Making a 360 isn't too(relative) difficult, I would imagine you guys had your 10,000 wide shot and made sure the seams a 0 and 10,000 were identical. Not the easiest but doable, especially if you split the scene up like in the pirate ship shot with the ship hiding the shoreline. Just guesses as I didn't work on this.

harlan_hill
06-29-2009, 10:25 PM
Wow, thank you for sharing those, that looks amazing. fantastic job!!

Bill-D
06-29-2009, 11:42 PM
Beautiful work and innovative application of 3D!

Wondering what your workflow was to achieve the 360 renders. Did you use the WFCam plugin or multiple camera renders/stitching?

Hi Joel
thanks for your Kind remarks.

Yes we did use the WFCam. Mash (who BTW was responsible for the Tilt Cam in C4d) figured the methodology and it has been an incredible tool. Handling every thing that was hurled at it. The flight to Neverland took over 2 1/2 weeks to render on a 300 machine renderfarm in California.

Beyond the 5 of us on content creation, we had just 2 other guys (Alan & Alex Cox -father & Son
on the video calculation/editing & distribution/hardware side. Their regular day job is all the Video work for the Blue Man group worldwide. The pipe line was: Photoshop> C4D R11 >Win & Mac> AfterFX> Hippotiser media Server to 10 x 20K projectors.

For the screen We had a free hand in the choice of surface on the inside cone of the Tent which was light tight. We chose a light grey over white polyvinyl as grey is less effected by bounced light from the acting lights. Structurally, the tent was perfect for us as it had all its support structure on the outside, giving us a clear light path for the 10 projectors. The projectors were arranged around the edge of the physical stage acting area. This meant that the flying characters never caused their shadows to interfere with the projector beams.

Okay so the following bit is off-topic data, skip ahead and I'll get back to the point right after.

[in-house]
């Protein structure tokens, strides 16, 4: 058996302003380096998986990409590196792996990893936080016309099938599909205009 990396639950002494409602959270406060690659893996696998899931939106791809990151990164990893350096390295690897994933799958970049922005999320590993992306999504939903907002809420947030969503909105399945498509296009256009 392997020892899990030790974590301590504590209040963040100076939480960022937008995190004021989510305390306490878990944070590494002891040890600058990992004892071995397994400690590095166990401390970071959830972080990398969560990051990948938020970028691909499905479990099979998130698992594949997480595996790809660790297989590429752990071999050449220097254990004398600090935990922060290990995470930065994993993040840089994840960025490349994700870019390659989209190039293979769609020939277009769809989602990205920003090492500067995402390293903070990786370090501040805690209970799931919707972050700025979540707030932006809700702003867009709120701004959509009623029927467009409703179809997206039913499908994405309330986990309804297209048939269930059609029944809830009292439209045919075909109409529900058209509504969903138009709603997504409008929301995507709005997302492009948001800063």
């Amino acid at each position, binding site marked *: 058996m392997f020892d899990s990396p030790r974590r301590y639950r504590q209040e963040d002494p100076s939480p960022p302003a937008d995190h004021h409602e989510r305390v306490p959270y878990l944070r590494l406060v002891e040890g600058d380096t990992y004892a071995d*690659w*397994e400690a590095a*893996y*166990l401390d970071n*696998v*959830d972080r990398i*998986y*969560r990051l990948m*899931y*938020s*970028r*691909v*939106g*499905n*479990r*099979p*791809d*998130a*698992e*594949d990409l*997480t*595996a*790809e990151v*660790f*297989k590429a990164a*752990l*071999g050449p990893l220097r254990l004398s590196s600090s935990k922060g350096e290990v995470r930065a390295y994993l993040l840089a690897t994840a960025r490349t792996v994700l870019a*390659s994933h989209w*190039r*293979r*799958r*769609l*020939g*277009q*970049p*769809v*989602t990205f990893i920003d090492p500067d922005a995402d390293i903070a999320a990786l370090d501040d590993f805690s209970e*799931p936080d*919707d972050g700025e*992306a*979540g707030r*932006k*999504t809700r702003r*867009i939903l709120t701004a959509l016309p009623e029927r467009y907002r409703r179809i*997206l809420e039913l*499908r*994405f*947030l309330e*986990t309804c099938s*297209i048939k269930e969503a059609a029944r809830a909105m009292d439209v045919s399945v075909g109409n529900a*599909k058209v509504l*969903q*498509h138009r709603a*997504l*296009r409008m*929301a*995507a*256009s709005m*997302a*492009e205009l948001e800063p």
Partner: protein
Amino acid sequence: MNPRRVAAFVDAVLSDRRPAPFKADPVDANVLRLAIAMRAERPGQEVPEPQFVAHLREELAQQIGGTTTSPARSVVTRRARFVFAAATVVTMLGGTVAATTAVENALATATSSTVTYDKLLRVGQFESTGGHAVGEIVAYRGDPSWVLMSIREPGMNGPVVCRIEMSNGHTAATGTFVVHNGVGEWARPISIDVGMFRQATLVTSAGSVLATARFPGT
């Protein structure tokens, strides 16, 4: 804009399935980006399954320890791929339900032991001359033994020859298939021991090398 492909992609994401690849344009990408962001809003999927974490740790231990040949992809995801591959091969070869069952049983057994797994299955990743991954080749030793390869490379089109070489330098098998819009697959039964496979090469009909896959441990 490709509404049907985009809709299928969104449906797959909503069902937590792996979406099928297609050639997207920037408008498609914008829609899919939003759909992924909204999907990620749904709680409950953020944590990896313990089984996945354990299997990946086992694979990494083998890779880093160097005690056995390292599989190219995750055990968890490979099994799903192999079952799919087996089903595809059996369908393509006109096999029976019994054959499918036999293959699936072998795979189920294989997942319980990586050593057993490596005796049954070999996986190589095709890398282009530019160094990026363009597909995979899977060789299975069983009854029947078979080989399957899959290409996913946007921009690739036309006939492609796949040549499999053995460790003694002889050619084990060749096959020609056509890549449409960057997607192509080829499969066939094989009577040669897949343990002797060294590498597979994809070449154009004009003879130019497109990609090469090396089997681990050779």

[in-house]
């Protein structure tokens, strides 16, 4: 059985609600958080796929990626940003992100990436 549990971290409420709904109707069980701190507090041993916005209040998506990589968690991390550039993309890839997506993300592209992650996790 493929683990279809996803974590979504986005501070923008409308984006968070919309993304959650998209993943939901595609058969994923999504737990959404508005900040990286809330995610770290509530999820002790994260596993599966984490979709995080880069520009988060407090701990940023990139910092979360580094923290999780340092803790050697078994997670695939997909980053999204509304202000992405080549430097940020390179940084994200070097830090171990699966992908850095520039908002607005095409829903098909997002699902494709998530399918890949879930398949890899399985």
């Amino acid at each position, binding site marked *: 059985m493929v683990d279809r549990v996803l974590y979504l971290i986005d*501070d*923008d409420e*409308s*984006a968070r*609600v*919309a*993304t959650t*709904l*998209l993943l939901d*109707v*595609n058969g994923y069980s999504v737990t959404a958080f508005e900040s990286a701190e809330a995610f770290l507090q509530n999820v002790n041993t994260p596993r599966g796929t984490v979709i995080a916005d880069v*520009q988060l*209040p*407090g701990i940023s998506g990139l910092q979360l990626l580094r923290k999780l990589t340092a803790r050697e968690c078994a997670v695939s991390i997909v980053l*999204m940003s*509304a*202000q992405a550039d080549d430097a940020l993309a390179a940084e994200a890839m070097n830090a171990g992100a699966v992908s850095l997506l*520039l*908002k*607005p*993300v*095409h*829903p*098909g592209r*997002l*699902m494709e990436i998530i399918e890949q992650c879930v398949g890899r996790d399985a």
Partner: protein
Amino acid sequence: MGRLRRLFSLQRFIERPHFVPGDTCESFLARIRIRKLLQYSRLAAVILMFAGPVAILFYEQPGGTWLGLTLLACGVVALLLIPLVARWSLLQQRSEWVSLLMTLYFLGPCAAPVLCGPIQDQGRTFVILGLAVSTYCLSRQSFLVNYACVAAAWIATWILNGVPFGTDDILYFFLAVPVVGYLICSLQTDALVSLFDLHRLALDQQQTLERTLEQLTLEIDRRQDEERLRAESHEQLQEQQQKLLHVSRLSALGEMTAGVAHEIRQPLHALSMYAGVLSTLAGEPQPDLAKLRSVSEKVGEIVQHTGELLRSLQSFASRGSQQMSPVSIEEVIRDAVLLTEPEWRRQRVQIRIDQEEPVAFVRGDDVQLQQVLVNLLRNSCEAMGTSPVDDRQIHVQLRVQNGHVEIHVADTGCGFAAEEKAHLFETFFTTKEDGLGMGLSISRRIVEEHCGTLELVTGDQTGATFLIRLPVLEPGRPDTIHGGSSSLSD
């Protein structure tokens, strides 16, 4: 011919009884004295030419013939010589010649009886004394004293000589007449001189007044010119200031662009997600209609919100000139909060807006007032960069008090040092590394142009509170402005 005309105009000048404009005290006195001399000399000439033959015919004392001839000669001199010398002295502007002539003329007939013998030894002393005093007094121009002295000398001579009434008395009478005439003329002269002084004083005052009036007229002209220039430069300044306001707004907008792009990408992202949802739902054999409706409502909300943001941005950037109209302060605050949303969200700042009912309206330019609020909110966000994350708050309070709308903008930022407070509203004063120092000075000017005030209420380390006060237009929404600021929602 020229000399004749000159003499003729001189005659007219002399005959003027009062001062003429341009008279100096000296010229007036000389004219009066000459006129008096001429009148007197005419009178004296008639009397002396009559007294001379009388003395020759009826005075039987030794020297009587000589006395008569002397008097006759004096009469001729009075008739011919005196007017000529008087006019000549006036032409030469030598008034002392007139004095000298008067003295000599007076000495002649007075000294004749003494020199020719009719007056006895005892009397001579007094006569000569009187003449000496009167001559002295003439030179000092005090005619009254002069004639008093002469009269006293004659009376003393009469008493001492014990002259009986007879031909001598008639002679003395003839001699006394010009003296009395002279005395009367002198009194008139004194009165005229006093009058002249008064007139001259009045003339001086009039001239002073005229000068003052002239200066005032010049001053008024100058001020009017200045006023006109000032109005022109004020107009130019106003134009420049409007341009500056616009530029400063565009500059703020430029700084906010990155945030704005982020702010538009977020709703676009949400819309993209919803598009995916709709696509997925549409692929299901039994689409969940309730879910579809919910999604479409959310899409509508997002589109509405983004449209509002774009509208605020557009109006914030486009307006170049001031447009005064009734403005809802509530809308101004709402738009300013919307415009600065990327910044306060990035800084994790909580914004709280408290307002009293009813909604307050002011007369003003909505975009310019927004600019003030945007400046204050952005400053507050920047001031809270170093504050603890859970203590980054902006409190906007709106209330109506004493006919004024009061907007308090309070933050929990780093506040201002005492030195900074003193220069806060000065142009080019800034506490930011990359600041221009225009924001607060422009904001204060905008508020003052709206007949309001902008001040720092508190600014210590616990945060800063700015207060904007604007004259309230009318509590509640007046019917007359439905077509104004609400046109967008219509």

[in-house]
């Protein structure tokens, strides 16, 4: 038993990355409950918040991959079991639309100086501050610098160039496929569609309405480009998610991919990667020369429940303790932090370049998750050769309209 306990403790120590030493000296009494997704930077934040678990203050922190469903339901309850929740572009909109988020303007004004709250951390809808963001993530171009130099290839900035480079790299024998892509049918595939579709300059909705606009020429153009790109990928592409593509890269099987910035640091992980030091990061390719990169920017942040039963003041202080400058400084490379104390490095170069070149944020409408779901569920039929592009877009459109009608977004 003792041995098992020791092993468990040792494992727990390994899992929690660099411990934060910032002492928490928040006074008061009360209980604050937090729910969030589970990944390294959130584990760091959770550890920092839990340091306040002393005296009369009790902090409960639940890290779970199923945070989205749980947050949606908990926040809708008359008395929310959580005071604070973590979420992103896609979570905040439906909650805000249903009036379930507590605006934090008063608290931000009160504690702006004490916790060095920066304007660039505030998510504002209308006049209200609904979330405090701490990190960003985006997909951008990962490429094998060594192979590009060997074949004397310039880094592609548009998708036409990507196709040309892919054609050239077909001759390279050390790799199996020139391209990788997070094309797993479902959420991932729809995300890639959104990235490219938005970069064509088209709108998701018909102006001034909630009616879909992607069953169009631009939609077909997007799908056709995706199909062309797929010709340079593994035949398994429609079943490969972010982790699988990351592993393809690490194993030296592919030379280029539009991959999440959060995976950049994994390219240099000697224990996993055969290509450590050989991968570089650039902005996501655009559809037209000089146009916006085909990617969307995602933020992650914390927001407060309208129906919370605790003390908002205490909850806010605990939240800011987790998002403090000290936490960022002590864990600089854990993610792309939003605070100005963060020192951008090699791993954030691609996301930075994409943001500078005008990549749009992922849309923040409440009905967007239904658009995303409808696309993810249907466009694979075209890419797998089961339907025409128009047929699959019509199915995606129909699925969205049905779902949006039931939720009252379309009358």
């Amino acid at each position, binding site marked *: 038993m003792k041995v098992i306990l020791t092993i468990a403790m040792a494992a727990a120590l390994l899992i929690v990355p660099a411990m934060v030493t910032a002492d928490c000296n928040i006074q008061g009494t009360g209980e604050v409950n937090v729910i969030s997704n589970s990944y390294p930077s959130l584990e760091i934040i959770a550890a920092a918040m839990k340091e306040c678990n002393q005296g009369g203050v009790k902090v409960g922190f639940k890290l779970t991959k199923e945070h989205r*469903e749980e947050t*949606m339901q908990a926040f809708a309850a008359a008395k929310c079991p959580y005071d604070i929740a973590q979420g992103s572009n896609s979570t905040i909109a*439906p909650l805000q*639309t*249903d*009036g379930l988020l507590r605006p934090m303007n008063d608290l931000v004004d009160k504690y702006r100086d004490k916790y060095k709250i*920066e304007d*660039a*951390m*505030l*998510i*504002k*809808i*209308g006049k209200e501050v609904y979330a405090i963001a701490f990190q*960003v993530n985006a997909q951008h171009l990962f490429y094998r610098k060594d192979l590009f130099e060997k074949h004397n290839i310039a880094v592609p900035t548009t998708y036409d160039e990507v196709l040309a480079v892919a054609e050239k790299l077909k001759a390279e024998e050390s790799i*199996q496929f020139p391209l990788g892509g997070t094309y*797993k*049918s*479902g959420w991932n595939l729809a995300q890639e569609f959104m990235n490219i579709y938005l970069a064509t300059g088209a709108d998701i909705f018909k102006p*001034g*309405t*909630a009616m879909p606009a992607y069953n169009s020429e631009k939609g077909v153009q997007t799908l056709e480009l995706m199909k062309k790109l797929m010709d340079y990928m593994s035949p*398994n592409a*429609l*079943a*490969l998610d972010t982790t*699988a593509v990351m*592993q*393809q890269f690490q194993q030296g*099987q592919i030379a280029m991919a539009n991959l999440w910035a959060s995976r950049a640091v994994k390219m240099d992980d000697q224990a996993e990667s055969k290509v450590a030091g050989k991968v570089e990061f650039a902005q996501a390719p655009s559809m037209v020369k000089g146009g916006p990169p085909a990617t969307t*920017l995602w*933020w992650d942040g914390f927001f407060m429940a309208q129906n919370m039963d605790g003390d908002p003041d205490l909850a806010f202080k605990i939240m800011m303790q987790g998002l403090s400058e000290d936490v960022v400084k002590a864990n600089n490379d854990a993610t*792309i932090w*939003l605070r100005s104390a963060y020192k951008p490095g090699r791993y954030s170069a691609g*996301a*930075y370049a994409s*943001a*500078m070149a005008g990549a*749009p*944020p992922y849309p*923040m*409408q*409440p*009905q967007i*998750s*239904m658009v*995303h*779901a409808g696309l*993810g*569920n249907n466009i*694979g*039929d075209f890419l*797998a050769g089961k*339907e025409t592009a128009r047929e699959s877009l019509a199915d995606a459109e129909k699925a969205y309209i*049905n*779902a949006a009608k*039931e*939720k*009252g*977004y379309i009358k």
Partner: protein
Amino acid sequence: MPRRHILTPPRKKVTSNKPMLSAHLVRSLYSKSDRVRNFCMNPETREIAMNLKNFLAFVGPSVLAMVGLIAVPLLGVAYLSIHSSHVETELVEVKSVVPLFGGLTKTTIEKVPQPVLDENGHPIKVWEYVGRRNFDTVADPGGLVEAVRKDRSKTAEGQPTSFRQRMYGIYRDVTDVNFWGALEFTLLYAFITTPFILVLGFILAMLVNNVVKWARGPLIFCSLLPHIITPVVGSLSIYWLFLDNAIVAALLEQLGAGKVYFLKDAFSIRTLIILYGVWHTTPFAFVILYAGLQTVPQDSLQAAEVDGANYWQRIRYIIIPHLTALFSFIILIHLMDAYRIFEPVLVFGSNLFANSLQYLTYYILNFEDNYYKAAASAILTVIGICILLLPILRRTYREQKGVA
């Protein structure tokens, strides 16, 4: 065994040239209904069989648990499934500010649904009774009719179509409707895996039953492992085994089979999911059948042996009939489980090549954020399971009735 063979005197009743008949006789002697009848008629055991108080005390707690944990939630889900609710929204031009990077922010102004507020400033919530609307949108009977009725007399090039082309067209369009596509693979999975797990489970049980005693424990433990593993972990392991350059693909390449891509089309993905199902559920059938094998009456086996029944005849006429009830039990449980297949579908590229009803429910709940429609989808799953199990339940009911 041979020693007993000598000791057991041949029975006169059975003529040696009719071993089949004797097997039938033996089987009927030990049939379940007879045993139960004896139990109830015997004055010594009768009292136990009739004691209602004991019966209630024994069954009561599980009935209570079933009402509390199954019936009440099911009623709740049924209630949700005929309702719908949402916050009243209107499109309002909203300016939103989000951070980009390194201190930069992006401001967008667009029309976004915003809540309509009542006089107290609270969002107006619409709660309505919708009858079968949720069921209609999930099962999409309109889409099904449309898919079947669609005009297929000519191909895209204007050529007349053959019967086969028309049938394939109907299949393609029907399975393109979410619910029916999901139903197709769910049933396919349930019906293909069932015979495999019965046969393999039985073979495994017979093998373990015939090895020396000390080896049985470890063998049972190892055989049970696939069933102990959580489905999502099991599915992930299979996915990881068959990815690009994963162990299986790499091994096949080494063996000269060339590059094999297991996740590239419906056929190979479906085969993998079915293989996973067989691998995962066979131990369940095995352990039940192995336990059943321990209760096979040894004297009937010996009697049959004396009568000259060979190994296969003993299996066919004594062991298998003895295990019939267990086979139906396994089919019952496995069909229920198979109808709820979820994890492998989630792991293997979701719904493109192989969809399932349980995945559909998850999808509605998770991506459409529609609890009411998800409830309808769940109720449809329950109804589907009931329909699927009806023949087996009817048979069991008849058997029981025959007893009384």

Bill D

artzfx
06-30-2009, 12:43 AM
Very impressive. Can only imagine the amazing atmosphere sitting in that tent with everything going on!

JoelOtron
06-30-2009, 03:58 AM
Hi Joel
thanks for your Kind remarks.

Yes we did use the WFCam. Mash (who BTW was responsible for the Tilt Cam in C4d) figured the methodology and it has been an incredible tool. Handling every thing that was hurled at it. The flight to Neverland took over 2 1/2 weeks to render on a 300 machine renderfarm in California.

Beyond the 5 of us on content creation, we had just 2 other guys (Alan & Alex Cox -father & Son
on the video calculation/editing & distribution/hardware side. Their regular day job is all the Video work for the Blue Man group worldwide. The pipe line was: Photoshop> C4D R11 >Win & Mac> AfterFX> Hippotiser media Server to 10 x 20K projectors.

For the screen We had a free hand in the choice of surface on the inside cone of the Tent which was light tight. We chose a light grey over white polyvinyl as grey is less effected by bounced light from the acting lights. Structurally, the tent was perfect for us as it had all its support structure on the outside, giving us a clear light path for the 10 projectors. The projectors were arranged around the edge of the physical stage acting area. This meant that the flying characters never caused their shadows to interfere with the projector beams.